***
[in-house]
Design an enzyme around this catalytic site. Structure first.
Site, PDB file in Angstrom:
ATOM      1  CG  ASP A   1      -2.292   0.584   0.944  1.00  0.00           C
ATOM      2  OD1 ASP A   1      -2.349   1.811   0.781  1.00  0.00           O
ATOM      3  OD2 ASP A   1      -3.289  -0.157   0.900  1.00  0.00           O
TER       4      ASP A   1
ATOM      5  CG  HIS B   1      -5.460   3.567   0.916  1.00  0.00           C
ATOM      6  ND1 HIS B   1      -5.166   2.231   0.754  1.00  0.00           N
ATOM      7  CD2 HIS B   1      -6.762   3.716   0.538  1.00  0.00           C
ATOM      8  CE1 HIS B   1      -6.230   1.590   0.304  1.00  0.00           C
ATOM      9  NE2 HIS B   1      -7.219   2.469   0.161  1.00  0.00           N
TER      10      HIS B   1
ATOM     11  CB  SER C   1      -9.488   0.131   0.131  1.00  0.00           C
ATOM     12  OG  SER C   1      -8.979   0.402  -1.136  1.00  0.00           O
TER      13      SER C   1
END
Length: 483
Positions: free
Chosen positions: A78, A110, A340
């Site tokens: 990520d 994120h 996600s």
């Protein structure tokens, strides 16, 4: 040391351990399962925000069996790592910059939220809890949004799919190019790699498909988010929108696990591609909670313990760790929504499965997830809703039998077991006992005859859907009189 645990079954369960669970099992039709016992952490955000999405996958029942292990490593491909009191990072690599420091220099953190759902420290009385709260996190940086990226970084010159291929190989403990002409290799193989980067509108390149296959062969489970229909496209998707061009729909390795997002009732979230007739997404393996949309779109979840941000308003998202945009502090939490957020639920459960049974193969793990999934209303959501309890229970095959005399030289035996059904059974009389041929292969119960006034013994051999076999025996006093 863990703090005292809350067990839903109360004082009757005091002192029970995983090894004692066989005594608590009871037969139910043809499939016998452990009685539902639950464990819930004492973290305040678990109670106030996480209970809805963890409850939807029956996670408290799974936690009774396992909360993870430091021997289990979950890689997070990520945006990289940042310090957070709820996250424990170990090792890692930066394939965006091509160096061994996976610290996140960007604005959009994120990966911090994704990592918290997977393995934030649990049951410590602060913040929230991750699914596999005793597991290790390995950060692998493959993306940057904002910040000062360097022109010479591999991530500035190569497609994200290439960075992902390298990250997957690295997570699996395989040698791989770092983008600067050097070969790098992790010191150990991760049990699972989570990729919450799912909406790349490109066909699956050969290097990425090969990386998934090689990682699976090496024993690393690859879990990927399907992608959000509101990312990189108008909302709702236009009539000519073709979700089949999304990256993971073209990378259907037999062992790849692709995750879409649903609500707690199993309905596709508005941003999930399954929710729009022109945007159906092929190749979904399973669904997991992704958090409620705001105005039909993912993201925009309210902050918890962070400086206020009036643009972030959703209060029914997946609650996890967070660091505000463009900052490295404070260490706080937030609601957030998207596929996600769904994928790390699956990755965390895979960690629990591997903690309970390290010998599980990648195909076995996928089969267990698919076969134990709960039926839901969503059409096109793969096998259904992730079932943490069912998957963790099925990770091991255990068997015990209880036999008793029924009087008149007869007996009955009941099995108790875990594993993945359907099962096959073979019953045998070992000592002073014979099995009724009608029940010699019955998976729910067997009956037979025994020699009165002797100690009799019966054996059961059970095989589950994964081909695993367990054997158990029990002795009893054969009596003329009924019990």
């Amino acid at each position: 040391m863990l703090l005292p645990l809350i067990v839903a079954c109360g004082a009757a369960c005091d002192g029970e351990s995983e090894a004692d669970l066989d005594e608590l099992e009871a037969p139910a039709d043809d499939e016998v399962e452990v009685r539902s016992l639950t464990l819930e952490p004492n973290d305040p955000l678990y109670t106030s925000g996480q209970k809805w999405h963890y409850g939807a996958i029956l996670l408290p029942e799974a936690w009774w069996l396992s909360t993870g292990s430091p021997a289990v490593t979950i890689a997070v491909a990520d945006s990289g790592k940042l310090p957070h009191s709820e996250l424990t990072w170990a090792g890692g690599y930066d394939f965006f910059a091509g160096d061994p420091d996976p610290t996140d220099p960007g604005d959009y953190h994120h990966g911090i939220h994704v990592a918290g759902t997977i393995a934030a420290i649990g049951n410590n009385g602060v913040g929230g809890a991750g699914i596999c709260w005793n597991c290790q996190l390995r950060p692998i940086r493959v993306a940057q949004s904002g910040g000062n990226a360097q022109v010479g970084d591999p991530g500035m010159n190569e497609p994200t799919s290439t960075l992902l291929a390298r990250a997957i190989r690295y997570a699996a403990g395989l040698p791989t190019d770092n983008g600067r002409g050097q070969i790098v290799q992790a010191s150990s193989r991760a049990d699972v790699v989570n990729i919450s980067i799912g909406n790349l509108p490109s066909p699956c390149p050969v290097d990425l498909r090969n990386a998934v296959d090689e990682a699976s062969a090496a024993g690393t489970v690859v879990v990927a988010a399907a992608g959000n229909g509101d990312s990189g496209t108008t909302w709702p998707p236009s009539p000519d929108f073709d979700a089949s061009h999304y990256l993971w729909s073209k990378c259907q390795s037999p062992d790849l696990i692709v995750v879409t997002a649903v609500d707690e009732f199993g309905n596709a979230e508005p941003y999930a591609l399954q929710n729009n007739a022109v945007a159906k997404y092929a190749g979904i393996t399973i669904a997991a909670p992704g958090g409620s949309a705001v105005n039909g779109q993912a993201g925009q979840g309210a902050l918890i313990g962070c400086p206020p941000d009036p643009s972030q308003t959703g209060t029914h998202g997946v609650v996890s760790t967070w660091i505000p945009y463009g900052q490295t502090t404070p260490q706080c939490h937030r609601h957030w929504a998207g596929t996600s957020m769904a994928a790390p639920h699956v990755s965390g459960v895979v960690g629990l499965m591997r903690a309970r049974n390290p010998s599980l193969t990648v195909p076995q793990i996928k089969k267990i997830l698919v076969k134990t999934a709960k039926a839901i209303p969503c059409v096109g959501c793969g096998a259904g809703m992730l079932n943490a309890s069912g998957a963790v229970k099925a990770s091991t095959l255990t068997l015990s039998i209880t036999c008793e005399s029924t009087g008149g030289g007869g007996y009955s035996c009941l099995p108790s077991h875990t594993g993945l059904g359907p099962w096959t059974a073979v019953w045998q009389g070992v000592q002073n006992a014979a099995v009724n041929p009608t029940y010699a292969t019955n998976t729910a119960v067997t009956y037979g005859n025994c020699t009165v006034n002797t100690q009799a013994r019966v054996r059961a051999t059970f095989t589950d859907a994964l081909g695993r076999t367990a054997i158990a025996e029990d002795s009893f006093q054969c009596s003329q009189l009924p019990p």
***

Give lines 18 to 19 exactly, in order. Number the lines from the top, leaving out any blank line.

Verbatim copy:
Length: 483
Positions: free